I’ve been lucky to work with Ensæmble. Not only to create this showcase website for them, but also earlier in 2015 I collaborated with them to create a data driven dance piece. I was more than happy to help to realise the website to the specifications of Ensaemble. It is made of five triptychs, and the individual images change at randomly chosen specified intervals. Take a look!
AS Long As Possible (ASLAP) is a 1000 year long animated GIF loop. It’s an art project by Juha van Ingen in collaboration with Janne Särkelä. It is the longest GIF in the world. After 1000 years it’ll start again from the beginning.
The starting point in making AS Long As Possible was to make a one extremely long animated GIF loop. ASLAP is made of black frames with a white number indicating the frames position in the loop. There are 48 140 288 frames which change in c.a. 10 minute intervals making the total duration of the loop 1000 years.
The name of ASLAP is hommage to John Cage composition “ORGAN2/ASLSP” (1987) which is played with Halberstad organs for the next 625 years. The abbreviation of Cages composition included and instruction to the performer of the piece: As SLow aS Possible.
International Teletext Art Festival website needed to be transformed into a responsive WordPress site. Besides being the main site for the festival it presents the works by the artists in a virtual gallery.
A unique custom WordPress theme was created from the ground up.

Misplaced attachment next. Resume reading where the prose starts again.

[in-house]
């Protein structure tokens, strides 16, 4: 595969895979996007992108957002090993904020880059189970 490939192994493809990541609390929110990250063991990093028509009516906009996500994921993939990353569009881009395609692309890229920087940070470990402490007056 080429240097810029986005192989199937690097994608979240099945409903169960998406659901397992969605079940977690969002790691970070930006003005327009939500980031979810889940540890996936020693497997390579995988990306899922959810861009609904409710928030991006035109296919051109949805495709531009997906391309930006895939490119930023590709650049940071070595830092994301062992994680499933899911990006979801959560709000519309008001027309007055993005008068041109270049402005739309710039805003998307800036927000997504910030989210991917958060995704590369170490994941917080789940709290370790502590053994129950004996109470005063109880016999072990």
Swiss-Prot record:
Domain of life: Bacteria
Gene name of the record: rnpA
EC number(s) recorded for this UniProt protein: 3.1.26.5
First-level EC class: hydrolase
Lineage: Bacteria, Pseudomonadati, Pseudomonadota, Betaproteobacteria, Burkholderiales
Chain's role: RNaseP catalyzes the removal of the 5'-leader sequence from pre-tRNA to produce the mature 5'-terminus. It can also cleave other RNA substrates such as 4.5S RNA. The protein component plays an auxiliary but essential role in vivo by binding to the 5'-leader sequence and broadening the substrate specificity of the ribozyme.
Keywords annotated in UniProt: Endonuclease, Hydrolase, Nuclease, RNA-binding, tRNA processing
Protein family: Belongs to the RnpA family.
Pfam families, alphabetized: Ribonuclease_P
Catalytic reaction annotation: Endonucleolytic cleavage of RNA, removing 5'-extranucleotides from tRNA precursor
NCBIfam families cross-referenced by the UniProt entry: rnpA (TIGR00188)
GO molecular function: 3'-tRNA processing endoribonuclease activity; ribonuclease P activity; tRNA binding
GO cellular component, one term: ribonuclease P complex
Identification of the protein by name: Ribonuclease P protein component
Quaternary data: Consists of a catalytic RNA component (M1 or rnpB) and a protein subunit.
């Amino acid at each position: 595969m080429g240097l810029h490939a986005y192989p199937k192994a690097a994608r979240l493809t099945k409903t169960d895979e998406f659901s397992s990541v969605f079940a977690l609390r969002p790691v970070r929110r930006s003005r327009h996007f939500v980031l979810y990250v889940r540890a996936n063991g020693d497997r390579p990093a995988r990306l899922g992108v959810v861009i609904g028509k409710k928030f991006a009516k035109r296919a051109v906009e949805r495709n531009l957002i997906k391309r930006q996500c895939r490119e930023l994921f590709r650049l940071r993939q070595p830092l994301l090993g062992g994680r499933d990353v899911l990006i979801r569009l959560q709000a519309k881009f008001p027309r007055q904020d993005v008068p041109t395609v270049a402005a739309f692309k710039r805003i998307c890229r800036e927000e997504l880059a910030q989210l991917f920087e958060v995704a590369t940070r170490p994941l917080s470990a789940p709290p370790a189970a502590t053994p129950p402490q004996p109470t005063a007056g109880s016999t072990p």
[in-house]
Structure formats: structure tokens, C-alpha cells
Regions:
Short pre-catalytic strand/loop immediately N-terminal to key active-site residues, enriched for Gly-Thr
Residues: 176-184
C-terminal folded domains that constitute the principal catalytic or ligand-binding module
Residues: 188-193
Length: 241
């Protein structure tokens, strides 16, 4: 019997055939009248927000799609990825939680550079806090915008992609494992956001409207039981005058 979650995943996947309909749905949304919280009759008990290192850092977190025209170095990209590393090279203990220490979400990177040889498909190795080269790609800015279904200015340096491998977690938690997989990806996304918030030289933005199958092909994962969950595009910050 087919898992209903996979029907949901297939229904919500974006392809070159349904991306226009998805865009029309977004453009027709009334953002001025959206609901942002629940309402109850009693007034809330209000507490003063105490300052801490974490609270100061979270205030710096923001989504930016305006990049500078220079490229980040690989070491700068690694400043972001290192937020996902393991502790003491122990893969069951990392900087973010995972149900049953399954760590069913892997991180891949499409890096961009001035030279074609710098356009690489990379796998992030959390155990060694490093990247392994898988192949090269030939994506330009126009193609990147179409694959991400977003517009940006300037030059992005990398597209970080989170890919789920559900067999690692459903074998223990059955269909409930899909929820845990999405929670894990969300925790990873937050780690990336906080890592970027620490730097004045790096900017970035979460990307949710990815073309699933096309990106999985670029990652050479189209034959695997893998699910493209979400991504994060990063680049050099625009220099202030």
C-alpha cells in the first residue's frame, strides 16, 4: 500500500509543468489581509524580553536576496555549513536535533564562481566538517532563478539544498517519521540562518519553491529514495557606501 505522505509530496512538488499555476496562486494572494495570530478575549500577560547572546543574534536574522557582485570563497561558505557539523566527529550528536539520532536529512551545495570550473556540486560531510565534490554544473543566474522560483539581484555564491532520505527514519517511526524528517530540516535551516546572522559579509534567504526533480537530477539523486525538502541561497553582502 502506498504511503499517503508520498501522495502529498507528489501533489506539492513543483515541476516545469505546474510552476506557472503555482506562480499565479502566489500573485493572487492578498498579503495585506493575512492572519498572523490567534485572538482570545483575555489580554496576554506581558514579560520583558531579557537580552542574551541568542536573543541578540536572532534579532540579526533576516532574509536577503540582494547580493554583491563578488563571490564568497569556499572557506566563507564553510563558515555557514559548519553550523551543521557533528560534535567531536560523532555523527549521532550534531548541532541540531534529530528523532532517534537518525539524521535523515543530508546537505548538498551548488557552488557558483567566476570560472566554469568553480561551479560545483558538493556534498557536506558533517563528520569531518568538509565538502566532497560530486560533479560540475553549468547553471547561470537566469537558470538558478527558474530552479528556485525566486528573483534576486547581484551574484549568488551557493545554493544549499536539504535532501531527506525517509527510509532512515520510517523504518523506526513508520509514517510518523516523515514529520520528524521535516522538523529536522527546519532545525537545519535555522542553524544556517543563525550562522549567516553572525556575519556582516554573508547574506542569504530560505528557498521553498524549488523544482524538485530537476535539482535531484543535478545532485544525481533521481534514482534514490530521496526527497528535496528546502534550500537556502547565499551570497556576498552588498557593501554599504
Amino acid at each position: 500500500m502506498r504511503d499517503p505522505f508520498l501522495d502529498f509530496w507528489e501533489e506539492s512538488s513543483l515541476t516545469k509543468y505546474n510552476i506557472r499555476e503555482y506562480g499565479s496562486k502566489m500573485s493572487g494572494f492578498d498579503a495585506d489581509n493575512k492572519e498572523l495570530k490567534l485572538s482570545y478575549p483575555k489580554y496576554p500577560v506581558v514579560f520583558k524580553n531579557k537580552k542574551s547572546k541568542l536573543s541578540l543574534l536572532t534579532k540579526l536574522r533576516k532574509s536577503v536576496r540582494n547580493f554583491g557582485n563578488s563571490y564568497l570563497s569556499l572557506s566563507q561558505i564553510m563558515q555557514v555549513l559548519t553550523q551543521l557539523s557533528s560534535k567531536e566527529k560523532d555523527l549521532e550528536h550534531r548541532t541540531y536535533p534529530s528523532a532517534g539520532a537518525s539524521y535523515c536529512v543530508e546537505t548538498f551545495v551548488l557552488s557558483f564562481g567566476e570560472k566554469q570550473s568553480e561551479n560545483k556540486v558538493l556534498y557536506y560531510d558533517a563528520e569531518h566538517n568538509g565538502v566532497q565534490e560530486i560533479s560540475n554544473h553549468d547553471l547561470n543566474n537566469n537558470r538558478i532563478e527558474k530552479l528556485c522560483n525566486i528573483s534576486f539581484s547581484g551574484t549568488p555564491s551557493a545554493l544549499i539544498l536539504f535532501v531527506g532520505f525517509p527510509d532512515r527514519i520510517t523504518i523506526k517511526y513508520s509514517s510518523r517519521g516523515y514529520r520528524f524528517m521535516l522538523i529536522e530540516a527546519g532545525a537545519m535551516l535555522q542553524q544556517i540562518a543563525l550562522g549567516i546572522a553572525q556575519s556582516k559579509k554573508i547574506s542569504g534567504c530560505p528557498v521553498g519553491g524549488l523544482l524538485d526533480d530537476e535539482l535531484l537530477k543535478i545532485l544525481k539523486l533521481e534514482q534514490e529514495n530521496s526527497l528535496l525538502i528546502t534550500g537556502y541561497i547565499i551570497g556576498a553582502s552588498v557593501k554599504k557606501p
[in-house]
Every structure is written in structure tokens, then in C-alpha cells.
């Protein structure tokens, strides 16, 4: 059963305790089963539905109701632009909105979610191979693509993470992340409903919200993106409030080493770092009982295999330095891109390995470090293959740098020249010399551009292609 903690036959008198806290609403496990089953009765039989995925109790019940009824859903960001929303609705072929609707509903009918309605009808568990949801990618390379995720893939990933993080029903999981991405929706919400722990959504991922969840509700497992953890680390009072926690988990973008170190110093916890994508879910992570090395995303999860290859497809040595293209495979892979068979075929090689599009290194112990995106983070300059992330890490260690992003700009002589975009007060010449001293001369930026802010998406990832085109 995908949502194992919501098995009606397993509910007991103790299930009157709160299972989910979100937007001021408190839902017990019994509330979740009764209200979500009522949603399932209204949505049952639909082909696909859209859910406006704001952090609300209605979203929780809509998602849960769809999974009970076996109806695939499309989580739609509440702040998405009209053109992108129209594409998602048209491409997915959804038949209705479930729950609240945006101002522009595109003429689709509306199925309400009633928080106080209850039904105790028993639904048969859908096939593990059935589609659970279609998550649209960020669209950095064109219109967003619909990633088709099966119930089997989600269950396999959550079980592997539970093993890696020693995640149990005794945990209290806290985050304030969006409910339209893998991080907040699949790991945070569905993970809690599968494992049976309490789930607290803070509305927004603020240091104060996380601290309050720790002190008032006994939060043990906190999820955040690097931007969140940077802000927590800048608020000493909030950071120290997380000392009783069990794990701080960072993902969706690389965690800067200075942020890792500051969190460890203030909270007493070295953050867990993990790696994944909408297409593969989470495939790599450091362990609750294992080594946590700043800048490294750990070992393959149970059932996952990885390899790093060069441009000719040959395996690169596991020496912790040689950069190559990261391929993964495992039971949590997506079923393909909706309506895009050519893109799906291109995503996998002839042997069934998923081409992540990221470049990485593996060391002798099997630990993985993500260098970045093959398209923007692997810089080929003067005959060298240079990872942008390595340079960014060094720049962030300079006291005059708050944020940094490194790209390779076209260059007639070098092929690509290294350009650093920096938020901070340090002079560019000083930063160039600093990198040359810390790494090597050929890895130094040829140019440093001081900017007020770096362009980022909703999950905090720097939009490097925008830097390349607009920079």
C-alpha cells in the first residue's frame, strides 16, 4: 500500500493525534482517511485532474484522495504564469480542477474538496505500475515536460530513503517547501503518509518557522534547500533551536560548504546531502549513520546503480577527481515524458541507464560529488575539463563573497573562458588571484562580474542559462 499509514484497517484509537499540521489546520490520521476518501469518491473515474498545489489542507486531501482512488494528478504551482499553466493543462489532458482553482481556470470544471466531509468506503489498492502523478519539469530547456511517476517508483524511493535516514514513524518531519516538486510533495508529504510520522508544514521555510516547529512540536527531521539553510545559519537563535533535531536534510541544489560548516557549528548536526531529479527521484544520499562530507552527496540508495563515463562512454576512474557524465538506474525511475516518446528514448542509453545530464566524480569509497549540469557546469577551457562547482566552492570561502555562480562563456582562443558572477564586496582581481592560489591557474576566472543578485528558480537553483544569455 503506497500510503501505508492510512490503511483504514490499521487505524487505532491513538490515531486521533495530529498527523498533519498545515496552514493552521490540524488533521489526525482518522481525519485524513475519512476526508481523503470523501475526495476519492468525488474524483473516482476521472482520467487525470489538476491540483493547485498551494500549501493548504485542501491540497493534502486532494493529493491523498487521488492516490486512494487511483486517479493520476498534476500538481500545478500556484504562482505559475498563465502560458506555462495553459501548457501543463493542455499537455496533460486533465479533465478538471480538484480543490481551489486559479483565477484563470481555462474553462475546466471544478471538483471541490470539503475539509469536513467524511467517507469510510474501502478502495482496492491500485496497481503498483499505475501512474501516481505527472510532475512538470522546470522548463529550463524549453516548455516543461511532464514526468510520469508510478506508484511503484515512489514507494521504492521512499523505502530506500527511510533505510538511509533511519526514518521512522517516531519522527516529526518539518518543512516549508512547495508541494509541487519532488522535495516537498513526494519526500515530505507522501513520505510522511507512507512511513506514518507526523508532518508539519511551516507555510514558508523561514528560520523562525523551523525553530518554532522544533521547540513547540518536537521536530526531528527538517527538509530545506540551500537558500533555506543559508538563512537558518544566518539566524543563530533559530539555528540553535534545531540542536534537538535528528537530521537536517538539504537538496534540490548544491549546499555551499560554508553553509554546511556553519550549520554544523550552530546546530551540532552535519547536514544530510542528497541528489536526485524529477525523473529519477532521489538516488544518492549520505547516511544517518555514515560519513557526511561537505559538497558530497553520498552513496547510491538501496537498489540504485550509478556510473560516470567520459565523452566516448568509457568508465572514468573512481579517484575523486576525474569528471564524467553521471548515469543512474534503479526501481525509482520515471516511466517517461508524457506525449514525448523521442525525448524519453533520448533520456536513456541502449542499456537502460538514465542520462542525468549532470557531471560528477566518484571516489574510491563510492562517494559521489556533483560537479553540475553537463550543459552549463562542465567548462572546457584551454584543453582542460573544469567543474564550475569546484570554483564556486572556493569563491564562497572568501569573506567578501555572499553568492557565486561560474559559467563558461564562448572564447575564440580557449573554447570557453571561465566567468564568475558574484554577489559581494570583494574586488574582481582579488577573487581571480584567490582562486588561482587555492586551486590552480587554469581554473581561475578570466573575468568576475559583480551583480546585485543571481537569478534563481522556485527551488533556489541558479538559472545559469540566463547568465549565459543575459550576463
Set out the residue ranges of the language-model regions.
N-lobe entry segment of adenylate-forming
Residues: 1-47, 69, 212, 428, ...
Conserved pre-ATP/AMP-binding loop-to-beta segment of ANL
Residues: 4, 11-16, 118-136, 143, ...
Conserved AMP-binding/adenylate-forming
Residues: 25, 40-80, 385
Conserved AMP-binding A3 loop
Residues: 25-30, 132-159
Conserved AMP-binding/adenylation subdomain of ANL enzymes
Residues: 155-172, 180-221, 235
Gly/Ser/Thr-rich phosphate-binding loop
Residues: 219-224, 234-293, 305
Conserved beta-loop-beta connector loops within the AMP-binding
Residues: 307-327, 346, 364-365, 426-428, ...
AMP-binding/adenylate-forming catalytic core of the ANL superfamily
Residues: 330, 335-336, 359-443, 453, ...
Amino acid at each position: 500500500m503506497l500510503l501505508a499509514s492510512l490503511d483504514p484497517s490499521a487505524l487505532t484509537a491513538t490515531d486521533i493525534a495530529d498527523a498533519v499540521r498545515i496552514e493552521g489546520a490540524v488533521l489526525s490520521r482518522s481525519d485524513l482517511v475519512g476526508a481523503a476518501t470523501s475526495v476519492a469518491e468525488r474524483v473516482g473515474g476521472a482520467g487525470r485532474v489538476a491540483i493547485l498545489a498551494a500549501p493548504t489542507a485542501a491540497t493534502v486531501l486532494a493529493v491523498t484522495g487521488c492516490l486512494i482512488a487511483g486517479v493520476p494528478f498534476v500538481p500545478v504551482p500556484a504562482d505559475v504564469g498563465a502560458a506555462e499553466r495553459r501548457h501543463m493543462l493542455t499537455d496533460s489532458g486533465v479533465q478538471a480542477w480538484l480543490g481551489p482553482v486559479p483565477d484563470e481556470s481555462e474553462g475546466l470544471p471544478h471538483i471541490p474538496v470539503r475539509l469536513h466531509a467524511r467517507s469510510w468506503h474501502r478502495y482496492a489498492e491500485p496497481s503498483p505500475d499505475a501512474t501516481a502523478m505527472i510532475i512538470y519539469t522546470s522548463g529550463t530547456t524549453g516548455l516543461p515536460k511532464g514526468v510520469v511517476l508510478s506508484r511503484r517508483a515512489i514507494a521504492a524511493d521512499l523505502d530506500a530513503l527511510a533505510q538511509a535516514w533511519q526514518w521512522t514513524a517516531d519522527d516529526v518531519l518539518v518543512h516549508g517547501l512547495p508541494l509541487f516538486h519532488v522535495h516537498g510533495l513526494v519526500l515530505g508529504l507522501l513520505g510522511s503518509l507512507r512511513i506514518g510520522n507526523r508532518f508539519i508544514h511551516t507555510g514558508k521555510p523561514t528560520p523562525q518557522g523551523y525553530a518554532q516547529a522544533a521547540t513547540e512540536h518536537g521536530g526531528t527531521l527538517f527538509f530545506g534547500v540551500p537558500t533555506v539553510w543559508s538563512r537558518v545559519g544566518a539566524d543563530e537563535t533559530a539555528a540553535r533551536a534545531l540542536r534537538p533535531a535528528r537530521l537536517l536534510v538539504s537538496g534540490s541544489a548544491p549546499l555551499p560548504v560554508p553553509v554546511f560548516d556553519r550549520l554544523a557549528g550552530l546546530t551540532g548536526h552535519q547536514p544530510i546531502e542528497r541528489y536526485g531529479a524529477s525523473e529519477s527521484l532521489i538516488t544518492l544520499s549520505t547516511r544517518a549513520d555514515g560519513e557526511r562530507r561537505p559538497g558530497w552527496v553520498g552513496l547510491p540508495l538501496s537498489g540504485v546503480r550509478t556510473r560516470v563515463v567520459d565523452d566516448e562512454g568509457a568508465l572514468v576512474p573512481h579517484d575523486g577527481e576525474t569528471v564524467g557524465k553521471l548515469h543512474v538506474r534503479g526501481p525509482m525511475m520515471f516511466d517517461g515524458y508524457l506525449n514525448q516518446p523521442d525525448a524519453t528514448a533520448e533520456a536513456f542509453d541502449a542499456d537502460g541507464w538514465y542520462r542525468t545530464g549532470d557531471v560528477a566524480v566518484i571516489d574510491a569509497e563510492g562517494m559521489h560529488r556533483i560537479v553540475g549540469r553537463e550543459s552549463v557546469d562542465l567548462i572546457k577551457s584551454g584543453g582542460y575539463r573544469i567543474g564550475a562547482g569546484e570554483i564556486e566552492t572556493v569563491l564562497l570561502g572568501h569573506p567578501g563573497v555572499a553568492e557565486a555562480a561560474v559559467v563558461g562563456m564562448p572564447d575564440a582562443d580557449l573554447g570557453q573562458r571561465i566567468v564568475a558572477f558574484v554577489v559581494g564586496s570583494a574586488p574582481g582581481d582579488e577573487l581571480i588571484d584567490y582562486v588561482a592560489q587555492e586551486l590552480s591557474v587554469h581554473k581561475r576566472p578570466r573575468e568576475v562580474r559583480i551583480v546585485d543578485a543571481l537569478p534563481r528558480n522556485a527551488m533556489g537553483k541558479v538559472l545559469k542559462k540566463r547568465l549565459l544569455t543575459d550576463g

The artists wanted there to be two paths, which in practice meant two sequences of dozens of images side by side on the screen. The images are animated gifs, and the player advances on the path by pressing keyboard buttons.
The images are accompanied by a sound track, realized by selected sound artists. The sounds loop independently from the images, and the player is able to stop or play a sound. The sound selection also advances sequentially, and maximum of two sounds can be heard at the same time.
The main challenge is to see all of the animations and reach the end. The player is also able to create a combination of images and sounds, and thus become a creator in the process.
The rings of Saturn look like a spectrogram, so it occurred to me try how it would sound like. In essence, this a sonification of space!
Sound was created by using an authentic image of rings of Saturn as a spectral source to a series of filters. A 1 pixel slice of the image of the rings was extracted
The ring spectrogram was divided into three color planes, and the color intensity values were transformed into resonant filter cutoff frequencies. In essence one filter unit (per color plane) has 256 sounds playing simultaneously. The individual filters are placed along the x-axis so, that the stereo image consists of 256 steps from left to right. The last two sounds were created with 1024 voices and 3×340 voices.
The spectrum was compressed to a couple of ranges. In some sounds a small variation in certain divider factor per color plane is introduced for a slight chorus like effect. The original lossless sound bits are available on Freesound.